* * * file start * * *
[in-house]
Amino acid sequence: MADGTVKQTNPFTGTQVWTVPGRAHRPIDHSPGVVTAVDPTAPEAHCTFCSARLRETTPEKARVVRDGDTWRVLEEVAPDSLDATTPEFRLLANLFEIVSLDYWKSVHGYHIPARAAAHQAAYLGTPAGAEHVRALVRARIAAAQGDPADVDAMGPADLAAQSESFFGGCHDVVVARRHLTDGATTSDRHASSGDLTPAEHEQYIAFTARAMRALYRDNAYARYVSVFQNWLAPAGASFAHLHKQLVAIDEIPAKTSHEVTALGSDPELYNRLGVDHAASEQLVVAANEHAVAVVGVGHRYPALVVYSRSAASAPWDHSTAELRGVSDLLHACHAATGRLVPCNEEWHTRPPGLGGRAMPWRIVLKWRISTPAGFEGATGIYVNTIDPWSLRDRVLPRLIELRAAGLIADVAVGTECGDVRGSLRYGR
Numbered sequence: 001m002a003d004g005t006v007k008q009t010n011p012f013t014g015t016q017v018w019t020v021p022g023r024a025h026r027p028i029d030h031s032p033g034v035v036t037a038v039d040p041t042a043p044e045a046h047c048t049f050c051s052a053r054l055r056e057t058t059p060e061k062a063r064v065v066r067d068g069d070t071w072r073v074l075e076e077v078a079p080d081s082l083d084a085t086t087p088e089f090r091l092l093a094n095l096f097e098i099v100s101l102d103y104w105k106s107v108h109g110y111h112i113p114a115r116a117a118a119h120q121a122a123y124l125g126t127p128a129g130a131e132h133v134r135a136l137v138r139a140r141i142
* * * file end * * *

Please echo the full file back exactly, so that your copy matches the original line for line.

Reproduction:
[in-house]
Amino acid sequence: MADGTVKQTNPFTGTQVWTVPGRAHRPIDHSPGVVTAVDPTAPEAHCTFCSARLRETTPEKARVVRDGDTWRVLEEVAPDSLDATTPEFRLLANLFEIVSLDYWKSVHGYHIPARAAAHQAAYLGTPAGAEHVRALVRARIAAAQGDPADVDAMGPADLAAQSESFFGGCHDVVVARRHLTDGATTSDRHASSGDLTPAEHEQYIAFTARAMRALYRDNAYARYVSVFQNWLAPAGASFAHLHKQLVAIDEIPAKTSHEVTALGSDPELYNRLGVDHAASEQLVVAANEHAVAVVGVGHRYPALVVYSRSAASAPWDHSTAELRGVSDLLHACHAATGRLVPCNEEWHTRPPGLGGRAMPWRIVLKWRISTPAGFEGATGIYVNTIDPWSLRDRVLPRLIELRAAGLIADVAVGTECGDVRGSLRYGR
Numbered sequence: 001m002a003d004g005t006v007k008q009t010n011p012f013t014g015t016q017v018w019t020v021p022g023r024a025h026r027p028i029d030h031s032p033g034v035v036t037a038v039d040p041t042a043p044e045a046h047c048t049f050c051s052a053r054l055r056e057t058t059p060e061k062a063r064v065v066r067d068g069d070t071w072r073v074l075e076e077v078a079p080d081s082l083d084a085t086t087p088e089f090r091l092l093a094n095l096f097e098i099v100s101l102d103y104w105k106s107v108h109g110y111h112i113p114a115r116a117a118a119h120q121a122a123y124l125g126t127p128a129g130a131e132h133v134r135a136l137v138r139a140r141i142